The Persian Martyrs

(entered heaven in 345)

Dear Sal,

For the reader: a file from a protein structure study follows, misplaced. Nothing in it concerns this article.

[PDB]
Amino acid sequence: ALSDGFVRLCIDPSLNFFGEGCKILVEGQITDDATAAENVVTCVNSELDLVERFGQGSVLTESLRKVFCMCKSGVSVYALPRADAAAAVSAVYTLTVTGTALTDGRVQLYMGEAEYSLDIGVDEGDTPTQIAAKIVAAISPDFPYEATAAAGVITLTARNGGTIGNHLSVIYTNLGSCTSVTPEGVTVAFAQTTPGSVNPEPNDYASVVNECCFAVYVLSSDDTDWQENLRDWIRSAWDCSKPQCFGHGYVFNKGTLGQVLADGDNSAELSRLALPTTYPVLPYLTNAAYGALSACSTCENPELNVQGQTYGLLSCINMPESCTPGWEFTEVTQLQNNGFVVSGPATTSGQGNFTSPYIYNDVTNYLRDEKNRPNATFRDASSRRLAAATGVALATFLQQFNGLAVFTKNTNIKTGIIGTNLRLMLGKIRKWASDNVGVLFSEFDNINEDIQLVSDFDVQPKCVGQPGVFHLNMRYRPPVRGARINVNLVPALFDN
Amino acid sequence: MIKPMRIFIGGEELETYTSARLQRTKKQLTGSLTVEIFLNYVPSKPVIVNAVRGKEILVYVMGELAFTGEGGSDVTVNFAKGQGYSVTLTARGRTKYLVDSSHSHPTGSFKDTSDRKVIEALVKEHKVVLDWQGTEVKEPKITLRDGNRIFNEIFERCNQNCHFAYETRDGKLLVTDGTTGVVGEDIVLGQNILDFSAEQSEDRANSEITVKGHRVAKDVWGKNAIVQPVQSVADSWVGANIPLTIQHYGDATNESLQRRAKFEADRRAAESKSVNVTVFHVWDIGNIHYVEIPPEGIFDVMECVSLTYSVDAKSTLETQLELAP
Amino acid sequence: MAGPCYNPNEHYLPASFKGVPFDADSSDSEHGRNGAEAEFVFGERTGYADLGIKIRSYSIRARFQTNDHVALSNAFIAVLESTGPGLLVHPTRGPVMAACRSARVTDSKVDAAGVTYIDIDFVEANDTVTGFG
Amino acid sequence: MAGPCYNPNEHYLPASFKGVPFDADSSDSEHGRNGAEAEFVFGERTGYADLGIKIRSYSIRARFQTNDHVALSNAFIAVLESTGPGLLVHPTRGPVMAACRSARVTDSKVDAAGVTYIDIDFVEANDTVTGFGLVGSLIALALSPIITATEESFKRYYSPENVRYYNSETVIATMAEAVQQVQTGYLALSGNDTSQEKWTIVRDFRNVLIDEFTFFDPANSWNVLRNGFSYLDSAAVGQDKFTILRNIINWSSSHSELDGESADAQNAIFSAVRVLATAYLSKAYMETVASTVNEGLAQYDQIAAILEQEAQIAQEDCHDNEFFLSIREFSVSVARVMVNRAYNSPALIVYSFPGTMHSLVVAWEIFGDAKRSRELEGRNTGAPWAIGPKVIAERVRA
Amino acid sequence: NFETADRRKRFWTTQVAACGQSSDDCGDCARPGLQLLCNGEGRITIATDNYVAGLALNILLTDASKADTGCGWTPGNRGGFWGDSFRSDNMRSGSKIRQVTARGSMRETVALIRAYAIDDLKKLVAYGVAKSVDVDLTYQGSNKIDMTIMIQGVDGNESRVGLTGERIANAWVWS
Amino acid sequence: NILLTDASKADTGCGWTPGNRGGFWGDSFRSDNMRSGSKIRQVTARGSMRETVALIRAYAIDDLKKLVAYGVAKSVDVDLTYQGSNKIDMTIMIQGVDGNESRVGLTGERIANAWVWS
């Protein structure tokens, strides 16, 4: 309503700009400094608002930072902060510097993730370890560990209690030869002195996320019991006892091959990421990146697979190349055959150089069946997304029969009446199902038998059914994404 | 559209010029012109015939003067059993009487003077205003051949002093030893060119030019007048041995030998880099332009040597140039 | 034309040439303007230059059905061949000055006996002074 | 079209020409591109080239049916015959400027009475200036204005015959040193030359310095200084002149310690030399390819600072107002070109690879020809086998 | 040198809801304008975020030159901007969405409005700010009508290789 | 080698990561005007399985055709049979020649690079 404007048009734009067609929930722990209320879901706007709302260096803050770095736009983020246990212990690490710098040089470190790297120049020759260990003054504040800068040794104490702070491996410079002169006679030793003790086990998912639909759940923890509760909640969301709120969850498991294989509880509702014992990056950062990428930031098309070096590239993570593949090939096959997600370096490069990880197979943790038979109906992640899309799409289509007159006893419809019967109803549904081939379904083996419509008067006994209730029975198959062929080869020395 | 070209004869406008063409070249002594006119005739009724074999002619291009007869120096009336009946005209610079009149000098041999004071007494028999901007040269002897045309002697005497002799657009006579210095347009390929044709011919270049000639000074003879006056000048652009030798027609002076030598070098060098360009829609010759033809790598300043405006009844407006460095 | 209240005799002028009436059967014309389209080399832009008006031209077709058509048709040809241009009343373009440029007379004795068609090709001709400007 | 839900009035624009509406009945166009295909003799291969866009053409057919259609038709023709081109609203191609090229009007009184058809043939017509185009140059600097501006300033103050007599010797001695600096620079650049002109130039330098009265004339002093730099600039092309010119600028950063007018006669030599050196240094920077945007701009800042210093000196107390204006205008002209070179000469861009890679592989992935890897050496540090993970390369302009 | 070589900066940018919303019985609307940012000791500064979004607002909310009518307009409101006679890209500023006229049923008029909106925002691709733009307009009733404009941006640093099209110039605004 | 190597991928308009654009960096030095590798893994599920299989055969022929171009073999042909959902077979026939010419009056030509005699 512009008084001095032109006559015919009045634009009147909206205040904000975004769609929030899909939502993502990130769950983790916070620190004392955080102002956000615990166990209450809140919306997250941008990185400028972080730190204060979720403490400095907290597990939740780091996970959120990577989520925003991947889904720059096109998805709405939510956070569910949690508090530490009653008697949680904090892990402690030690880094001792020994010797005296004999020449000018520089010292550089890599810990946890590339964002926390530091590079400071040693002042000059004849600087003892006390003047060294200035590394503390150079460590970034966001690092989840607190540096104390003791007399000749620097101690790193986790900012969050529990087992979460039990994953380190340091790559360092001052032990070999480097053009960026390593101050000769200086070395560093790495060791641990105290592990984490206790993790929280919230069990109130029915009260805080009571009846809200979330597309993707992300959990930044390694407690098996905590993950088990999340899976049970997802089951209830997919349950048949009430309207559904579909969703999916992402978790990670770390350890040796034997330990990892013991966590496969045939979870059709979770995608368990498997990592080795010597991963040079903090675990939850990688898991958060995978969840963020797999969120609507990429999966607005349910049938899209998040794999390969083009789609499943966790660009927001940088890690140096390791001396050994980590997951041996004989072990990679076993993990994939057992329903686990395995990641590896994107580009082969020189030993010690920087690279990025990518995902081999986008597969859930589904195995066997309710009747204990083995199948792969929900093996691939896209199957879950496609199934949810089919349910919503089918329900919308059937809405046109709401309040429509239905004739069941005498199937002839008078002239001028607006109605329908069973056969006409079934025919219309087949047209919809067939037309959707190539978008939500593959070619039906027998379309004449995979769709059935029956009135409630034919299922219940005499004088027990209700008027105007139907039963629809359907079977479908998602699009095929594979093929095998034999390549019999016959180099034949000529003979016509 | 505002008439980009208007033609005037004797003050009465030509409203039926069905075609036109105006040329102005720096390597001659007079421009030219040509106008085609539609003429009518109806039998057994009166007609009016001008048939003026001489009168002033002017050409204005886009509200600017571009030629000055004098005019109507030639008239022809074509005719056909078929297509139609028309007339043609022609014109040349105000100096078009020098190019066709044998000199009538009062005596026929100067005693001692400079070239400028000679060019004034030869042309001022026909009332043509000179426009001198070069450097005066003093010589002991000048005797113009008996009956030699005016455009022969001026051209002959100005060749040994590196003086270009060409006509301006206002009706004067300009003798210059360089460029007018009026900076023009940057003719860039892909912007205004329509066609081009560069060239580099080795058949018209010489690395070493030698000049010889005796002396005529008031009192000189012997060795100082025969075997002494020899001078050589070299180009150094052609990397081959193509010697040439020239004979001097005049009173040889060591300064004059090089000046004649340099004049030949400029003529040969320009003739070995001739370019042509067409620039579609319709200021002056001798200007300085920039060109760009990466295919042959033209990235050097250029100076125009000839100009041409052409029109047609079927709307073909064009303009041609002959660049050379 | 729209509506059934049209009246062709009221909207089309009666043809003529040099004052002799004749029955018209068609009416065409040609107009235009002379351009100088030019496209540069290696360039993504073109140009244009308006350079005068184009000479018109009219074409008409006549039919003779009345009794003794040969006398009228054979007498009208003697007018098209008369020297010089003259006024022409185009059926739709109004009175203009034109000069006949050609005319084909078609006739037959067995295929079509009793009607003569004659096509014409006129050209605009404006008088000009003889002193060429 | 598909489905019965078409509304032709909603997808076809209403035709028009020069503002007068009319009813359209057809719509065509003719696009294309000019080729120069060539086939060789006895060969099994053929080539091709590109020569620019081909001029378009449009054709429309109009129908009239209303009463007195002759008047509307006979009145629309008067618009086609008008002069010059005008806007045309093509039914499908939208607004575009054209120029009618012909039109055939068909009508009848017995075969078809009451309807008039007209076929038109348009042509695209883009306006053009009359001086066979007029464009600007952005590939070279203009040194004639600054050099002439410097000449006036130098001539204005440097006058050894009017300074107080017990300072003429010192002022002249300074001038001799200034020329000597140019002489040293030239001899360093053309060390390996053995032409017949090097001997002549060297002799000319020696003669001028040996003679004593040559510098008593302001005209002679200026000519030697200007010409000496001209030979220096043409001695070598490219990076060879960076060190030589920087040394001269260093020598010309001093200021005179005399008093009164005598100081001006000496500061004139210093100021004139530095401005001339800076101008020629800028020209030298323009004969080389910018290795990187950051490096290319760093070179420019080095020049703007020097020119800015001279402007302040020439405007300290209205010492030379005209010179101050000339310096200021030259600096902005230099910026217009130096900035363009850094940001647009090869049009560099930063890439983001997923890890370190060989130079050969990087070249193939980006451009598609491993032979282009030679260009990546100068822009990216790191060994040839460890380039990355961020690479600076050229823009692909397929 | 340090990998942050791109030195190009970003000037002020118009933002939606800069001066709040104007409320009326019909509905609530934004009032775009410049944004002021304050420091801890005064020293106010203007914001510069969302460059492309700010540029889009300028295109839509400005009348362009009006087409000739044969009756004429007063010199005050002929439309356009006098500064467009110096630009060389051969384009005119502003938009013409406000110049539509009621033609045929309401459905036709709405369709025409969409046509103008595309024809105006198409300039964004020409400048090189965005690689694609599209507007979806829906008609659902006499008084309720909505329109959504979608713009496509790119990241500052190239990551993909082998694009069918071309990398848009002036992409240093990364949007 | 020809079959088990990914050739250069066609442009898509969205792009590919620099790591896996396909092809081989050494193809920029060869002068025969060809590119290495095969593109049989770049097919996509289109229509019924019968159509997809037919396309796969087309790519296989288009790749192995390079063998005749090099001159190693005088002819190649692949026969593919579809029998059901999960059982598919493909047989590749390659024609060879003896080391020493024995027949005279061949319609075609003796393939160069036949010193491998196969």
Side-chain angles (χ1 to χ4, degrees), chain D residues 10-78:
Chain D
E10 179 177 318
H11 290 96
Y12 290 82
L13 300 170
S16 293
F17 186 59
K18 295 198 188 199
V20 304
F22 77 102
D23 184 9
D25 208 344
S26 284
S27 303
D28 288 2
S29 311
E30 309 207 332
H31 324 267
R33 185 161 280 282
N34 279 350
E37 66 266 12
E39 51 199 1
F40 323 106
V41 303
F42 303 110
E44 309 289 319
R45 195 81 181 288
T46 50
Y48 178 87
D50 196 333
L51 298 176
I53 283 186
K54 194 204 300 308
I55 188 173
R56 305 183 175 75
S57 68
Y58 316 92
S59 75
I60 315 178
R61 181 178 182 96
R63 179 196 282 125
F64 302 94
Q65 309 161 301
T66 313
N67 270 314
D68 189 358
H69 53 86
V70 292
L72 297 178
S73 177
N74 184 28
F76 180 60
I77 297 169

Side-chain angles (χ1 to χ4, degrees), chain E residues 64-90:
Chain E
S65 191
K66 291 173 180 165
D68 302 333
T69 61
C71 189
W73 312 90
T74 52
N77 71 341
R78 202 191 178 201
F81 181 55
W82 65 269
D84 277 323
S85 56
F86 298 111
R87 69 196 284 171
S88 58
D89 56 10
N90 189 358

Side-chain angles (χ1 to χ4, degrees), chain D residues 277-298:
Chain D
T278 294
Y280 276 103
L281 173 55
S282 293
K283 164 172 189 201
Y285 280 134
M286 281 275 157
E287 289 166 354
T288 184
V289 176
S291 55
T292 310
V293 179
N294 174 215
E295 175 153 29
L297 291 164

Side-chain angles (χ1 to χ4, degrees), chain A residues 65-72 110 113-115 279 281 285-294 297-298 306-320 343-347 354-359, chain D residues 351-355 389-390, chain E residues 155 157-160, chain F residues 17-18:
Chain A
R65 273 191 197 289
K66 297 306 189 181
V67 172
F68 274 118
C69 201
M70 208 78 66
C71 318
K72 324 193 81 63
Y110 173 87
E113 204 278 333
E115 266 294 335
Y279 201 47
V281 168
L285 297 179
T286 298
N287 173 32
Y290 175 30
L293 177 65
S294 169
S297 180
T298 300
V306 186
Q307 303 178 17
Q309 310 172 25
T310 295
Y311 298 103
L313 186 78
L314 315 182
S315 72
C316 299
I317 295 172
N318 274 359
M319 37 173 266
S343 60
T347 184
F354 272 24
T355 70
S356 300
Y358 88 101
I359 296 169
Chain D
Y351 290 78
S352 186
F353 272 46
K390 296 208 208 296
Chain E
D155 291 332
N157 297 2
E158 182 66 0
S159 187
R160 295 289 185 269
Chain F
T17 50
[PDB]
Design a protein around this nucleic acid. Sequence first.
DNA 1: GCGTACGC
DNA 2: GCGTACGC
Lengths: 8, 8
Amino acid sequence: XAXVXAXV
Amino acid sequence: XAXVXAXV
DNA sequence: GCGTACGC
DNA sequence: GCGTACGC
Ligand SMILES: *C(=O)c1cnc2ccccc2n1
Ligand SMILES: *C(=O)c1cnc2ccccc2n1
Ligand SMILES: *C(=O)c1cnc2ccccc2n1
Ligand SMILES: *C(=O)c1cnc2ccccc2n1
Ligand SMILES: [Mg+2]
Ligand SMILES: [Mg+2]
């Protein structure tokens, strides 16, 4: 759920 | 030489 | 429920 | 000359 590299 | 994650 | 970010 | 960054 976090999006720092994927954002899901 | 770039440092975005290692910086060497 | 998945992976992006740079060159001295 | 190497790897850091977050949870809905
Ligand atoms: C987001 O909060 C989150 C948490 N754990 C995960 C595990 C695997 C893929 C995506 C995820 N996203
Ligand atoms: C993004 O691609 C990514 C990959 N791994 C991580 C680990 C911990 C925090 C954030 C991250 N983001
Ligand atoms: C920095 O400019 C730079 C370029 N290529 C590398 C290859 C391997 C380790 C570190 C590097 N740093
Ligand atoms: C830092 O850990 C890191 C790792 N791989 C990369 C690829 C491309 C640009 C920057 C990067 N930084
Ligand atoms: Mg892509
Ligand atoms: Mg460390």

With spring in the air and summer around the corner, you are probably getting antsy.  We humans are part of this biosphere, and our bodies and emotions really do react to the change of weather and seasons, sometimes violently – just like the trees and flowers that burst out of their winter slumber with new buds.  You know from past years that it’s a time when you find it difficult to keep your good resolutions and stick to your priorities. It is the season when the world renews its worship of the “fun god”; but you, my dear niece, should take a lesson from today’s saints: have plenty of healthy fun, but prefer to suffer death itself before you let the “fun god” draw you into temptation.  The martyrs we commemorate today (we don’t know any of their names, but about 100 of them were decapitated in Seleucia, near modern-day Turkey) refused to worship the Persian sun god. The king, who believed his power depended on appeasing this god, left them in dark, damp, filthy, smelly dungeons for six months to see if they would change their minds. (That “semester” was probably not too fun.)  But they stuck to their guns, and emerged just as resolute in their proclamation that Christ alone was God as they had been when they went in. And they lost their heads for it. So ask them to say a little prayer for you as you go into spring exams, so that you don’t lose your head over something much less worthy than martyrdom. Much love, Uncle Eddy.

 

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